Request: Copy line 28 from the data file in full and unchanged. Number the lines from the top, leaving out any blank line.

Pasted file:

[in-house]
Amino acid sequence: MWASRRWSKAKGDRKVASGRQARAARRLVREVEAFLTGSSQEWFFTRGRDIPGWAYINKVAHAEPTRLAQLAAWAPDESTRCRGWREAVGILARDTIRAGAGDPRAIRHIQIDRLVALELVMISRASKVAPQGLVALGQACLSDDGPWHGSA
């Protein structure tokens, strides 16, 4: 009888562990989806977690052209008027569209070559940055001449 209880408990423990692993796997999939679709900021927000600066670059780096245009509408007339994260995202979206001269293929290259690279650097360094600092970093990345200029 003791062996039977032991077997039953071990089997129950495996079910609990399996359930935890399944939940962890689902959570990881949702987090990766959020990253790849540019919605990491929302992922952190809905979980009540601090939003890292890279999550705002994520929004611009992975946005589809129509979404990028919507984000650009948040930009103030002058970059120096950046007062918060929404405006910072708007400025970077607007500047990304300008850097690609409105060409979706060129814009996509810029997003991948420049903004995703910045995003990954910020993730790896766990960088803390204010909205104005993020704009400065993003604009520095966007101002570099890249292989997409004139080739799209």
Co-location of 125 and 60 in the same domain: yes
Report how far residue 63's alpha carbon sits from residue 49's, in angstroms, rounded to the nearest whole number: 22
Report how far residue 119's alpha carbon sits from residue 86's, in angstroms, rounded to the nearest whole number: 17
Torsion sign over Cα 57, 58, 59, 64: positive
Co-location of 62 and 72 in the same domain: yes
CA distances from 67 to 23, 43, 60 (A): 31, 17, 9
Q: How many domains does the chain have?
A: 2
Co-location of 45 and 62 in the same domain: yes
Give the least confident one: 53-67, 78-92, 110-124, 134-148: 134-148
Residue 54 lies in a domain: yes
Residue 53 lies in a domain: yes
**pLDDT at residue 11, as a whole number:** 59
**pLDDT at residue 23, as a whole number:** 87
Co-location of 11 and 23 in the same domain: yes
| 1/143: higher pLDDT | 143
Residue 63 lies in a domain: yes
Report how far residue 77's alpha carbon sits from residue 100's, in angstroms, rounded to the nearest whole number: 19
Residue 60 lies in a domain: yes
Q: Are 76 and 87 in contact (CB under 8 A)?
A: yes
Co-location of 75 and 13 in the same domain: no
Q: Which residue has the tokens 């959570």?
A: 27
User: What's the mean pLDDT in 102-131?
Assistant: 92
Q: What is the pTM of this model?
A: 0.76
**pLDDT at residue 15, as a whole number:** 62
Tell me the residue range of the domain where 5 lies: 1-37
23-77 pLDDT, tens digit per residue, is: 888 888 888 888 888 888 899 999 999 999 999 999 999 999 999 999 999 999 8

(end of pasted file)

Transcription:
User: What's the mean pLDDT in 102-131?